"Relics from Camp" 1996 Installation view at the National Museum of Women in the Arts, Washington, DC.
Community artifacts, dirt, glass panels, wood, two slide projectors with dissolve unit showing War time images from the National Archives and present-day images of the internment camps. Varies by location. Each individual box is approximately 36 x 36"
Relics from Camp is an art installation that involved years of research, visiting the sites of all ten Japanese-American Internment Camps; photographing the sites, collecting soil, and interviewing present day occupants. The Artist's parents accompanied her to make pilgrimages to the camps where they had been incarcerated during WWII with their families. Relics from Camp has been exhibited at The Japanese American National Museum in Los Angeles (JANM), the National Museum of Women in the Arts in Washington, DC, and the Harold Washington Library in Chicago. It is currently on display in Los Angeles at JANM.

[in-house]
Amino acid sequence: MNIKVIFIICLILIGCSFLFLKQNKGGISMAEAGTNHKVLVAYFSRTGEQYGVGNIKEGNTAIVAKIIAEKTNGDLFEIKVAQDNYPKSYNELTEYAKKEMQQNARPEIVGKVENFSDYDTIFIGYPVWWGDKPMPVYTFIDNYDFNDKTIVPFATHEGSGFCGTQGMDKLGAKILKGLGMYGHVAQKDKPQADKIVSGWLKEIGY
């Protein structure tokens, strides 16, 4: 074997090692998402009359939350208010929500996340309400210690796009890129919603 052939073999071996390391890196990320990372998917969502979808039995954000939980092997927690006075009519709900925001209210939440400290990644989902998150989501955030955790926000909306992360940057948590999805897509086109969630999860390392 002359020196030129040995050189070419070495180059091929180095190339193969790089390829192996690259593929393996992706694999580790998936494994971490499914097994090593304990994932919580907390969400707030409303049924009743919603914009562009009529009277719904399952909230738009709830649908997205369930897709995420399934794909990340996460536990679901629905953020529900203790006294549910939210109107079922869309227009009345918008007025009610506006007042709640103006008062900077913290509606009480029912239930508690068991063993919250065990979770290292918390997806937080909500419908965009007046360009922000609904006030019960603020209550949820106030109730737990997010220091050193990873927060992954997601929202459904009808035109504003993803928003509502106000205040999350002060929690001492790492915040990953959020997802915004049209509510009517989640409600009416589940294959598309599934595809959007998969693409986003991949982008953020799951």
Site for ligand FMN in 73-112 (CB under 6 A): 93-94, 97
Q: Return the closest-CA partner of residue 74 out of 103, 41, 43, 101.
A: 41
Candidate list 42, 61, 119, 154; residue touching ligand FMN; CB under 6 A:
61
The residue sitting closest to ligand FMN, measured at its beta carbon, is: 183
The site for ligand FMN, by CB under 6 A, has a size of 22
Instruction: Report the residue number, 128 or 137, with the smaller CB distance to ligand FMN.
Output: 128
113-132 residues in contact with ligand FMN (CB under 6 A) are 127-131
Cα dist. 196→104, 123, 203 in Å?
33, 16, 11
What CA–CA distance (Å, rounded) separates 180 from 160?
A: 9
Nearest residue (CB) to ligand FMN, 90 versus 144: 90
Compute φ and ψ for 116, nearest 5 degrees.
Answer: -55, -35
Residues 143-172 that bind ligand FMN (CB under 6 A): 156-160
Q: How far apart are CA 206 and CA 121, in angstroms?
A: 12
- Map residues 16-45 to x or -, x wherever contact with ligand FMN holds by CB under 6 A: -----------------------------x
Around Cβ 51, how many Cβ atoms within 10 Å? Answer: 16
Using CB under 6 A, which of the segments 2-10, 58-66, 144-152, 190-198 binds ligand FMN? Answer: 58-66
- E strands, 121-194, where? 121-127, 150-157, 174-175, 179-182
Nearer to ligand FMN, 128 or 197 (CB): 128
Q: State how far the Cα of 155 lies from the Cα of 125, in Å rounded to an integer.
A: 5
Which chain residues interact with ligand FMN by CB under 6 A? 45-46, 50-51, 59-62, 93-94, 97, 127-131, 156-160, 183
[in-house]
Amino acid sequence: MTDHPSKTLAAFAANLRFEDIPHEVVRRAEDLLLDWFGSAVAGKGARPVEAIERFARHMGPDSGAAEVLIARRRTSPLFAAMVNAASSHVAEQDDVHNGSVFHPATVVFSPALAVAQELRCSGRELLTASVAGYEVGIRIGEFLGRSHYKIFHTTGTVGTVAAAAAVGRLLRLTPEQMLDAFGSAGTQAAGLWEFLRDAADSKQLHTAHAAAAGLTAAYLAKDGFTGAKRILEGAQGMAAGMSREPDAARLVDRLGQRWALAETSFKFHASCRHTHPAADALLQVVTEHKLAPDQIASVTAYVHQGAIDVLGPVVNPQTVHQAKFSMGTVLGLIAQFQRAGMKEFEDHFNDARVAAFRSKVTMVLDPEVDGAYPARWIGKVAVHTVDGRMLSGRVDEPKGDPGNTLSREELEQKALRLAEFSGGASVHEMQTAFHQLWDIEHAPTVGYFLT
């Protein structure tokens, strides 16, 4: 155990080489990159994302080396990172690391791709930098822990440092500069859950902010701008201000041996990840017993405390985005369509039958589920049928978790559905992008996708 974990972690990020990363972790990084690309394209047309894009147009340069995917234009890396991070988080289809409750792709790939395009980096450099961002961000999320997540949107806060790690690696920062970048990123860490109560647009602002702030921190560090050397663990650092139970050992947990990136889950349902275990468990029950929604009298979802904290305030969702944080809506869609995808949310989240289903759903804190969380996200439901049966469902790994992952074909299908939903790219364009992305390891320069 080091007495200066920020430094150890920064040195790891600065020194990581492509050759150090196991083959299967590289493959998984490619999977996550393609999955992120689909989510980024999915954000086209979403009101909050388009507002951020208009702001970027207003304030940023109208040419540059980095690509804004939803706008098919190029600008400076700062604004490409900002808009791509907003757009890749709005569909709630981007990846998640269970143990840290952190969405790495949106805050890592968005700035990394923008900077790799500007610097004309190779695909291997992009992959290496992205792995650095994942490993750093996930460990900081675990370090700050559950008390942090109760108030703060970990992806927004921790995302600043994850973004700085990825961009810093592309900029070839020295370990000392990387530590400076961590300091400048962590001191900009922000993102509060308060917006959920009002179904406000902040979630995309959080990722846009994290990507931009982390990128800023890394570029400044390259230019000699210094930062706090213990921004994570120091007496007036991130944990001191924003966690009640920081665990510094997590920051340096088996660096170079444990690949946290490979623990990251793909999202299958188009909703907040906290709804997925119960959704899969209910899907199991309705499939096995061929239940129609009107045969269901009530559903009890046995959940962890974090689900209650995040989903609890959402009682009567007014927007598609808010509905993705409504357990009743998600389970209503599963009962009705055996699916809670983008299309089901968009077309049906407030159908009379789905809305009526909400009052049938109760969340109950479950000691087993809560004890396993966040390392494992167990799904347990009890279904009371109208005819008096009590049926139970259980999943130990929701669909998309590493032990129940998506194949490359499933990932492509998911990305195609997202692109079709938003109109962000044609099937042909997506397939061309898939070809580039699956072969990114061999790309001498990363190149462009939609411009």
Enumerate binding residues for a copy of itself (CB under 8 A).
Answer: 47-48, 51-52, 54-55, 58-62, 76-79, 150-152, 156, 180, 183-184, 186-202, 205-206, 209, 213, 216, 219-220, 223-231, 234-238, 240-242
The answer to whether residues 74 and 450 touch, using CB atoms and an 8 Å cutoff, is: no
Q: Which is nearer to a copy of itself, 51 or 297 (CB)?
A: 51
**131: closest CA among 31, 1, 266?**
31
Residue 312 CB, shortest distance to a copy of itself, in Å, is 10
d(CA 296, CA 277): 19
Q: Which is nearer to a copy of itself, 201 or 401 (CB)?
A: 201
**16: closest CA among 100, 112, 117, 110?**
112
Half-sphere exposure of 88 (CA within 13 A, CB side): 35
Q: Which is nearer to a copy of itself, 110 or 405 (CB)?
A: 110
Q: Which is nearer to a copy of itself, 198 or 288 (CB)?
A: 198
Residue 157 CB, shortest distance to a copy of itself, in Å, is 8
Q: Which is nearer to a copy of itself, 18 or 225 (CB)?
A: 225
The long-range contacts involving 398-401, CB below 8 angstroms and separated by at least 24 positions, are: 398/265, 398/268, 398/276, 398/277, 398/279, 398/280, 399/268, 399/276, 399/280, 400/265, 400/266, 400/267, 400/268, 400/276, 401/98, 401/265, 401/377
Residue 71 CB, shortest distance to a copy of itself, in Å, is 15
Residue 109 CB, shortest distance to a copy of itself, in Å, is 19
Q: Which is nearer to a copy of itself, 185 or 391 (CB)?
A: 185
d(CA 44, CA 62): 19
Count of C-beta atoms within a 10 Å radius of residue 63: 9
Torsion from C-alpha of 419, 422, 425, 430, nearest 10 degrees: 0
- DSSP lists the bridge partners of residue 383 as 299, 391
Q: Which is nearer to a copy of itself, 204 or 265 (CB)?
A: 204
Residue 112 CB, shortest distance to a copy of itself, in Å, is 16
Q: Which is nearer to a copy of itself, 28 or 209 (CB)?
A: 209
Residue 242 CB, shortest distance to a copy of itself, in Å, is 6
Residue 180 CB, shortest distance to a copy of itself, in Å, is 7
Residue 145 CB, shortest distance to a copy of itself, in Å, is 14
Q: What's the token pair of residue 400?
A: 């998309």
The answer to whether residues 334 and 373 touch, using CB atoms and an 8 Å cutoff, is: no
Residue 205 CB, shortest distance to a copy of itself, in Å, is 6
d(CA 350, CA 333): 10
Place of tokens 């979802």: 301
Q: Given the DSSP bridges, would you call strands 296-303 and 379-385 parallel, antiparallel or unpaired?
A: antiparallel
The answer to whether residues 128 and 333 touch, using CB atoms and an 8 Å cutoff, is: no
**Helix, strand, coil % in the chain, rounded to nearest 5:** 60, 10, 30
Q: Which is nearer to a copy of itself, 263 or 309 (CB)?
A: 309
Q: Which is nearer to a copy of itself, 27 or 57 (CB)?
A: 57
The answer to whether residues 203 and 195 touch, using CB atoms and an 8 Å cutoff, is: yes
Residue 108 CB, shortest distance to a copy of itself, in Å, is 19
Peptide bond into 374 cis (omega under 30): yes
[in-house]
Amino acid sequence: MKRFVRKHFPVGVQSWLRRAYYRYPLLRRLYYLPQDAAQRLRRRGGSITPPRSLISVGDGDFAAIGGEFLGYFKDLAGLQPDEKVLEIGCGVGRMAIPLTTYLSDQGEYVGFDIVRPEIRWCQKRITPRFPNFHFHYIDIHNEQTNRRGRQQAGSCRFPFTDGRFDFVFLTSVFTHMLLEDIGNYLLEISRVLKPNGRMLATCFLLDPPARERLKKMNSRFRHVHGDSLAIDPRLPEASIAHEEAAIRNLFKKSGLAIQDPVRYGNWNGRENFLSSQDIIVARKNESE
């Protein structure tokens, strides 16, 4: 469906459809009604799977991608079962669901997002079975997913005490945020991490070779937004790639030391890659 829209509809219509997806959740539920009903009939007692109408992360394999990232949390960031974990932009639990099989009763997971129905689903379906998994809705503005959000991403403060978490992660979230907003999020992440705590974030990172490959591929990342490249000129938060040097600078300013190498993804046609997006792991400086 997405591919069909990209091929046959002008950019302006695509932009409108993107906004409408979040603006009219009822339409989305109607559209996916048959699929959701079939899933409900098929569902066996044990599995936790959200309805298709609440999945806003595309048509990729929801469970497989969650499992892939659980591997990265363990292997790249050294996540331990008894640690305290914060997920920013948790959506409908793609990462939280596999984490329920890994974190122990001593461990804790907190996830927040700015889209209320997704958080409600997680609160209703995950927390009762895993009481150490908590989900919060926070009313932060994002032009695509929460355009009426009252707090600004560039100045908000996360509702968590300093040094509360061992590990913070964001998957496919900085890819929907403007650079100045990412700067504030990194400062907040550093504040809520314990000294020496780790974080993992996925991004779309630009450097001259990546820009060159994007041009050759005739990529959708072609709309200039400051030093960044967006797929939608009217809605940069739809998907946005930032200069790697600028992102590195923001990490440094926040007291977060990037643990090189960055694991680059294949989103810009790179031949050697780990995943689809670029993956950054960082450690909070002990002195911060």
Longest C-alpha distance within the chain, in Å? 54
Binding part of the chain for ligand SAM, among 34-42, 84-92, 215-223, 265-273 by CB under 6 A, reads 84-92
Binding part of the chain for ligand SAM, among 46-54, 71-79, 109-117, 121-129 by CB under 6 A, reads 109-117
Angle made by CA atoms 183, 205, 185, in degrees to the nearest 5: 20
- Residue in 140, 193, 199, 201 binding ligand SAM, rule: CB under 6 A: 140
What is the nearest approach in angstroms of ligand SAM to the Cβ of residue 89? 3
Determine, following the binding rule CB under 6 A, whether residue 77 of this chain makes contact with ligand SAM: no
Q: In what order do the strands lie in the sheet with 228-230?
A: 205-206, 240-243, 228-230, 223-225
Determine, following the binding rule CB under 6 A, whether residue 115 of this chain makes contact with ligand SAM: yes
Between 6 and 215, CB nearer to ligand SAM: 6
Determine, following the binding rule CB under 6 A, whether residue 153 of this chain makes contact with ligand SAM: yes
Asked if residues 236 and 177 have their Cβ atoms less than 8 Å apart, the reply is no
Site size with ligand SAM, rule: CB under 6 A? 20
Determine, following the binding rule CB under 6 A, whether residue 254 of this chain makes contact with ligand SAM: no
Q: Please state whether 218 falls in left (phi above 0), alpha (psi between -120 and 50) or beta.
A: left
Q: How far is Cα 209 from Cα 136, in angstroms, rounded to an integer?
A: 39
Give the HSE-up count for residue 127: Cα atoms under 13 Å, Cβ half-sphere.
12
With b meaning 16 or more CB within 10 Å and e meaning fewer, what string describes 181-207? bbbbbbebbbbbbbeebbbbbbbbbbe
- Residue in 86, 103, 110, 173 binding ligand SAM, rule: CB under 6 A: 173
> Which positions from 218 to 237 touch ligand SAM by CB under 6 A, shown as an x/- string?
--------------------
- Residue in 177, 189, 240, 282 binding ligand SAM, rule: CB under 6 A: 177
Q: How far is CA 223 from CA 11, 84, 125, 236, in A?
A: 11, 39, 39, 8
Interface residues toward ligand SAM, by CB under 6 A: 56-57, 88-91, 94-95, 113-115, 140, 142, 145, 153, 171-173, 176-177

Each time Relics from Camp is installed, Aono works with the local Japanese American community to collect artifacts former internees (and their families) have saved from the camps. Treasures such as hand crafted jewelry made from seashells, carved wooden game pieces, and hand sewn slippers made of scrap fabric were shared. Each Relic from Camp had a personal story which became the heart of the installation. Each Relic was place in a grid of soil from each camp, covered with glass panels that formed a large platform. As viewers walk over this platform, they trespass over the same soil that the Japanese American internees walked upon over half a century ago. Photographs of the Internment camps are projected on the walls, alternating present day images with historical photos taken during wartime.
Japanese American, internment camps, incarceration, World War II, installation